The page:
If you are using Windows 10 Fall Creators Update, Version 1709 Build 16299 or newer, Microsoft has made this process significantly simpler than in older builds. You can check your build by clicking Start and typing Winver and pressing Enter. If you are using an older build, then the simpler method is to use Windows Powershell. If your build is older than Version 1709 Build 16299, or you prefer to use the Windows Powershell commands, click here to jump to that guide.
If you are using Version 1709 Build 16299 or newer, you can change your network from Public to Private by following these steps:
- Find your network connection in the lower right-hand corner of your screen, near where the clock sits - and click it.
- If you are using an Ethernet connection, you will be looking for the rectangular "Connect" icon . It may be hidden beneath the arrow , with the other hidden icons, so if you don't see it beside the clock, click the ^ arrow in the tray. This is also the icon that you click to connect to a Wi-Fi connection when you aren't yet connected.
- If you are using a Wi-Fi connection to which you have already connected, you will be looking for the Wi-Fi icon , or the three waves.
- Once you have clicked the icon for your connection, click the network itself from the list provided. This will open a window in which you may have to select your network once more.
- You should now see two radio buttons labeled "Public" and "Private" under "Network Profile." Click the radio button for Private and Windows will immediately change the network to a Private network. Should you need to change this back, you can do so from this same menu. However, Windows changes this setting automatically when you connect to different networks, so changing this setting for this network will not change the setting for connecting to other networks. The result should resemble the below picture.
- If you are using multiple Killer adapters, you may need to repeat these steps on the other adapters.
Changing a Network From Public to Private Using Powershell
- Right-click Start and click Windows PowerShell (Admin)
- Type or copy and paste Get-NetConnectionProfile into the prompt and press Enter. The output should resemble the picture below. You are looking for the "Name". You can see that the name is "Network 8" in the picture below.
You may have multiple network connections. You can usually tell which connection is the relevant connection as it will be either the Ethernet or the Wi-Fi connection that has either IPV4 or IPV6 Internet connectivity, depending on your computer, and which network adapter you use to connect to the Internet. Remember that only Killer network adapters can be used with the Killer Control Center.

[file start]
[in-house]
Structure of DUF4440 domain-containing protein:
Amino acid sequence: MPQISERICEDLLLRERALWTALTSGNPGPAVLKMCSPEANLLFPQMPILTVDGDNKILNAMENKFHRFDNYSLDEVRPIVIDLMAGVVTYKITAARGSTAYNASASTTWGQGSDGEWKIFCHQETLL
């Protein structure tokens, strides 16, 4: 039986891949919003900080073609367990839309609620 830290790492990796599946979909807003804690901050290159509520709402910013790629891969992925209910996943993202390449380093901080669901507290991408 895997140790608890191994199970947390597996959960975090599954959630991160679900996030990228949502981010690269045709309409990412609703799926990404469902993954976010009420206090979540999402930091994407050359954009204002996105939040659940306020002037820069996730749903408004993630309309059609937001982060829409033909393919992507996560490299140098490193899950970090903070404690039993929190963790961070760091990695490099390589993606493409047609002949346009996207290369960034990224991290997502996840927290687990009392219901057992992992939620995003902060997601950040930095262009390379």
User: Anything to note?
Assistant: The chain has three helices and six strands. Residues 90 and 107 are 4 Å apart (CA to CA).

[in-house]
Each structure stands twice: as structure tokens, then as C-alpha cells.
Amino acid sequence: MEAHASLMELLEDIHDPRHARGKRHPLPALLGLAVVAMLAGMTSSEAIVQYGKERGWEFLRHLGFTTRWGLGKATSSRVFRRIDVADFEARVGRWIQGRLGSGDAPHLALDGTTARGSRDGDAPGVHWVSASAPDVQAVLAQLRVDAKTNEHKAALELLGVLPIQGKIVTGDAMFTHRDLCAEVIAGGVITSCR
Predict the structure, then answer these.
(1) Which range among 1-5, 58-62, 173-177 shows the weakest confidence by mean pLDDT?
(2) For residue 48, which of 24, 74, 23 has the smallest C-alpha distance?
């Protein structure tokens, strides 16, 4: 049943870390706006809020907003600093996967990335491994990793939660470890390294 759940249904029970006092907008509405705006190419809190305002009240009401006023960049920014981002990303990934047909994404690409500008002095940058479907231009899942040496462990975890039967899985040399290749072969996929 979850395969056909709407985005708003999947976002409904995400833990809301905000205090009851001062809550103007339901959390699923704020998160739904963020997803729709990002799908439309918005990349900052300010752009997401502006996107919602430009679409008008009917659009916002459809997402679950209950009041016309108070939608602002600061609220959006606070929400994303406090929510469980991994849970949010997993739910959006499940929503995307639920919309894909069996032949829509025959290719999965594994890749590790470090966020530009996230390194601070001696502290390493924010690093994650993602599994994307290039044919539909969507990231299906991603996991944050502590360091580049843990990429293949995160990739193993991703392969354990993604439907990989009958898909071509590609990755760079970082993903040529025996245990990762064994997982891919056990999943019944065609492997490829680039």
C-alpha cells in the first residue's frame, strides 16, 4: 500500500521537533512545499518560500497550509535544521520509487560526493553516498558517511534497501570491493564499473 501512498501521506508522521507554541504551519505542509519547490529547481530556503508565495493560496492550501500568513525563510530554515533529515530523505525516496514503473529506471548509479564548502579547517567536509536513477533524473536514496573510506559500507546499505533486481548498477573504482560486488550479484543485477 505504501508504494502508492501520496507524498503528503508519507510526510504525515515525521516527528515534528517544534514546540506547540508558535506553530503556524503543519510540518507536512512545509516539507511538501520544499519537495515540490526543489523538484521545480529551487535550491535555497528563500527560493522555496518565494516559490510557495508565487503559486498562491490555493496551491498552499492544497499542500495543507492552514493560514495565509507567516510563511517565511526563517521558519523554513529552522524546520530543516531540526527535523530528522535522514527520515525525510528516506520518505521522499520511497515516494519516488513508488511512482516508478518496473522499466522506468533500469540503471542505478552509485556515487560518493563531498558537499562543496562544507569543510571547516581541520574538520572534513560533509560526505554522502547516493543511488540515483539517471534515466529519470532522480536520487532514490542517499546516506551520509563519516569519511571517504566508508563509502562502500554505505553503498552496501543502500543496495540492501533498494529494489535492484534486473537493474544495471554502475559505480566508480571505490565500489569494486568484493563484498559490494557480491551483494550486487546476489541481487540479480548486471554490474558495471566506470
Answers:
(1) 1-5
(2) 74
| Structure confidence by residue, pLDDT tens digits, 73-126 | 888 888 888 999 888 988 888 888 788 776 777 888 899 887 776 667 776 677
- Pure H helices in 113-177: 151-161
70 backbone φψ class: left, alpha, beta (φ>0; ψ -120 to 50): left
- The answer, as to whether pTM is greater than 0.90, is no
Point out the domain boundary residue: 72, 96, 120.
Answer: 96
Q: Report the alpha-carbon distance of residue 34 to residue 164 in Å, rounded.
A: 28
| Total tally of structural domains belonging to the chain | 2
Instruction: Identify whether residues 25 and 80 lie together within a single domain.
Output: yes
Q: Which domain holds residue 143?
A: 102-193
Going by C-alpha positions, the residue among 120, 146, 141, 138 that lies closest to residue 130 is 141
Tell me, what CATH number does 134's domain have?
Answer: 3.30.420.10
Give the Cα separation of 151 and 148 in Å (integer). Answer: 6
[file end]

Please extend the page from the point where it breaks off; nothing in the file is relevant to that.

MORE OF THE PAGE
- To change your network from Public to Private, using the example above, you would input Set-NetConnectionProfile -Name "Network 8" -NetworkCategory Private and press Enter. You can copy and paste the command, and use the arrow keys to navigate over to "Network 8", backspace over it, and type in your own network's name. The quotes should remain intact as they are part of the command. Notice that, in this particular case, there are two spaces between "Network" and "8". So long as the name is input exactly as it is listed, it will work. If in question, you can also highlight the network name, and copy and paste within Powershell.
- If the operation is a success, there will be no confirmation. However, if the command is not valid, you will see an error. You can verify that the network type has been changed by inputting Get-NetConnectionProfile again, and checking to make sure that the NetworkCategory is set to "Private".
- If you have multiple Killer adapters, you will need to repeat this for each adapter.
- If you find that you need to change this back, for some reason, you can follow the same procedure, except input Set-NetConnectionProfile -Name "Network 8" -NetworkCategory Public to change the network type to Public. However, Windows changes this setting automatically when you connect to different networks, so changing this setting for this network will not change the setting for connecting to other networks.
- If you have any problems changing your network type, please contact support using the below contact information and we will be happy to help you!
- Category: Guides
- Last Updated: 12 February 2018
- Hits: 3408
How To Clean Install Any Driver
Note: This guide is written for Windows 10, but will also work for Windows 7 and Windows 8.1 with only minor variation. You alone are responsible for any issues caused by manipulating your Device Manager.
Before you begin this process, you need to know where the driver installer stores its temporary files. Recent Killer installers store all of their temporary files in the TEMP folder, which can be accessed by pressing Win Key + R to bring up the Run command, then type %TEMP% and press Enter. Other driver packages may use other locations, but you will need to know this information to clear these files, or Windows may attempt to install old drivers from this location.